Festival Reviews

Festival Review: Hard Rock Calling 2010 (Friday)

By | Published on Friday 2 July 2010

Pearl Jam

The first to headline this year’s Hard Rock Calling, ultimate 90s grunge rockers Pearl Jam took to the stage on a perfectly sunny Friday evening to a sell out crowd of 50,000; putting this straight up there as one of the biggest shows of their career.

Having heard several of my fellow Hard Rockers say throughout the day that they were “finally seeing Pearl Jam play live having been fans for over fifteen years”, you could feel the excitement and atmosphere building amongst the crowd as they waited for Vedder et al to appear.

Kicking things off with ‘Given To Fly’ and ‘Why Go’, the band went on to play a crowd-pleasing set, mainly filled with songs from their first three albums, as well as their latest record ‘Backspacer’; from the rugged ‘State Of Love And Trust’ and ‘Even Flow’ to the slower, more touching singalong songs like ‘Elderly Woman Behind The Counter’ and ‘Better Man’.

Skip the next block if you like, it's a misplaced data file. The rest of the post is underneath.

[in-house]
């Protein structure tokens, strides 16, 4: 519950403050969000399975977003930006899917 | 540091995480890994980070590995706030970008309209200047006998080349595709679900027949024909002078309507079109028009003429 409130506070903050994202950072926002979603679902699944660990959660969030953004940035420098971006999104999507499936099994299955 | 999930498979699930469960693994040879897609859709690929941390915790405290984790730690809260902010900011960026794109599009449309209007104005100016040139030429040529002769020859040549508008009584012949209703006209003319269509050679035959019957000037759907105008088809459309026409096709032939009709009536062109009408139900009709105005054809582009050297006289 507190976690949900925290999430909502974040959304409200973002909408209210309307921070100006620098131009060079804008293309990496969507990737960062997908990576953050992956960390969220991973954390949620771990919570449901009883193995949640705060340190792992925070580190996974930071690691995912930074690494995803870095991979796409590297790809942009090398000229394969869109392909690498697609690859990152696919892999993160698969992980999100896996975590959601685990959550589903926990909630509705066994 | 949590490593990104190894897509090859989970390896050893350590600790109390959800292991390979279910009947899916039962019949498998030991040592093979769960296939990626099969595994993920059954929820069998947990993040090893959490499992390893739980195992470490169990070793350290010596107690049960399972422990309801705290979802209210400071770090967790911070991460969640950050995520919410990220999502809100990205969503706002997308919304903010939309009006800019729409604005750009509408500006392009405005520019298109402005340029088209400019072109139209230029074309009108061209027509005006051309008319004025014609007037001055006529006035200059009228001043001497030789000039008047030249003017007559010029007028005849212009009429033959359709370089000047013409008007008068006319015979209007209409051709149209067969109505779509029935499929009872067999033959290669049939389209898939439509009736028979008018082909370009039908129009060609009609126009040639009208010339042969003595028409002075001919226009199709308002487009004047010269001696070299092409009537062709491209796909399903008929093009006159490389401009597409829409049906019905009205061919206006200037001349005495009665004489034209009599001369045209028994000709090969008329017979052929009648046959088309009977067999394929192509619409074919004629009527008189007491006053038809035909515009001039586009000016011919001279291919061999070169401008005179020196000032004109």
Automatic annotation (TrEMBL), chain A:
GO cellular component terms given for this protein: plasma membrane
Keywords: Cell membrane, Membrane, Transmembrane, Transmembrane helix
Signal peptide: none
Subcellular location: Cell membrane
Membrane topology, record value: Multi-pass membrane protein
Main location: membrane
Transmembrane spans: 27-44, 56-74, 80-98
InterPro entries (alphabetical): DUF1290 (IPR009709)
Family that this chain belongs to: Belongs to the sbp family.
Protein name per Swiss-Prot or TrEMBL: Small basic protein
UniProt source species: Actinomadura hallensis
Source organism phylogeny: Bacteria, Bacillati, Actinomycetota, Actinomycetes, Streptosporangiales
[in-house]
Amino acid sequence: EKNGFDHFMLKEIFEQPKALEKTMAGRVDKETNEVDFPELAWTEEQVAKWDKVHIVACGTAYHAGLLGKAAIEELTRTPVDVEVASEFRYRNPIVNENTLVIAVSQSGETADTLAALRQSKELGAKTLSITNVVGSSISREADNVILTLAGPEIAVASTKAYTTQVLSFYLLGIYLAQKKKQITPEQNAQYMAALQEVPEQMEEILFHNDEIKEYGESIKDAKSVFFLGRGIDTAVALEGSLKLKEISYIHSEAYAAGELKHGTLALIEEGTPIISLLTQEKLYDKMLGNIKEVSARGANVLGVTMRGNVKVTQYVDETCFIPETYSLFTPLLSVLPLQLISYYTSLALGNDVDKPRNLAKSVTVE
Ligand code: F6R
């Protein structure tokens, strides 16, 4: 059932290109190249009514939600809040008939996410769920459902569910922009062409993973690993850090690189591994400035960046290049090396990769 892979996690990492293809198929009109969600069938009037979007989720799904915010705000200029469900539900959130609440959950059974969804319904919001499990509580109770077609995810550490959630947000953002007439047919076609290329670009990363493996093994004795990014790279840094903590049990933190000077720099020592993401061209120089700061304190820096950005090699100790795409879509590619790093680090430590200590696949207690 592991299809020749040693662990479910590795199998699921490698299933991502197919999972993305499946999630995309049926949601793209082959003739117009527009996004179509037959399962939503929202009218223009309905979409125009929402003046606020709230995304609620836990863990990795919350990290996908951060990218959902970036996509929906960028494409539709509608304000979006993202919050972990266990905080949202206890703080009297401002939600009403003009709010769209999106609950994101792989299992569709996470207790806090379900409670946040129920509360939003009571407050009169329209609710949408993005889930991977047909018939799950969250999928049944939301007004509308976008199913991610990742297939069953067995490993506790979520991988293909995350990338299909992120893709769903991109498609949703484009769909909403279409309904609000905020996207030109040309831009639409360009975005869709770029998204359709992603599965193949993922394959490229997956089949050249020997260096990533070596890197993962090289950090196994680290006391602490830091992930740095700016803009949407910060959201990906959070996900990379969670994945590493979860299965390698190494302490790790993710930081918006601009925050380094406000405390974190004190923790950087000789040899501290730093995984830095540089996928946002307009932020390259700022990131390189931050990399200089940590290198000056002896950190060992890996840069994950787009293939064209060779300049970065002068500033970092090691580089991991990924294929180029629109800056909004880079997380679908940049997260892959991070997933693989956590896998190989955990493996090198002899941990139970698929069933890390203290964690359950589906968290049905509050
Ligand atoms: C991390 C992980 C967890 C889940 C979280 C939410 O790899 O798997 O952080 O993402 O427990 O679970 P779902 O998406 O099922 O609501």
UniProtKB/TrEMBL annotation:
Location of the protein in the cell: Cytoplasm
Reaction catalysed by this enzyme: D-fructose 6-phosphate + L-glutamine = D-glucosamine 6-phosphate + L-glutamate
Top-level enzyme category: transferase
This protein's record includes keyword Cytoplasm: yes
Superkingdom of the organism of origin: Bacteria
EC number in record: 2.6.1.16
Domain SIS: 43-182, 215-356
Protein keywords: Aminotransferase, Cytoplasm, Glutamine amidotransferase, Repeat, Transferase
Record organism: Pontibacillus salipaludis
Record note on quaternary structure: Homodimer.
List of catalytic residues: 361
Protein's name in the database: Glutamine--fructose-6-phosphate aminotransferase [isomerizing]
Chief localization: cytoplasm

The band were the epitome of cool throughout – Eddie’s effortlessly charming persona and Mike McCreedy’s Hendrix-inspired guitar playing standing out in particular. Vedder won the crowd over by declaring: “Somehow we’ve been given licence to come into this royal park and make as much noise as we like”, before telling us tales of skateboarding in Hyde Park and his time working as a roadie for Joe Strummer… all told whilst swigging from a bottle of red wine.

Musical highlights were a cover of Joe Strummer’s ‘Arms Aloft In Aberdeen’, an energetic ‘Do The Evolution’, and a guest appearance from Ben Harper on ‘Red Mosquito’ (returning the favour after Eddie had joined him on stage to sing ‘Under Pressure’ during his support slot earlier that evening).

With two encores, totalling an epic fifty minutes, the band finished with fan favourites ‘Alive’ and ‘Yellow Ledbetter’; whether a long term hardcore fan or a relatively new one, you couldn’t help but feel that the majority left on a high and with a new found love for Pearl Jam. GS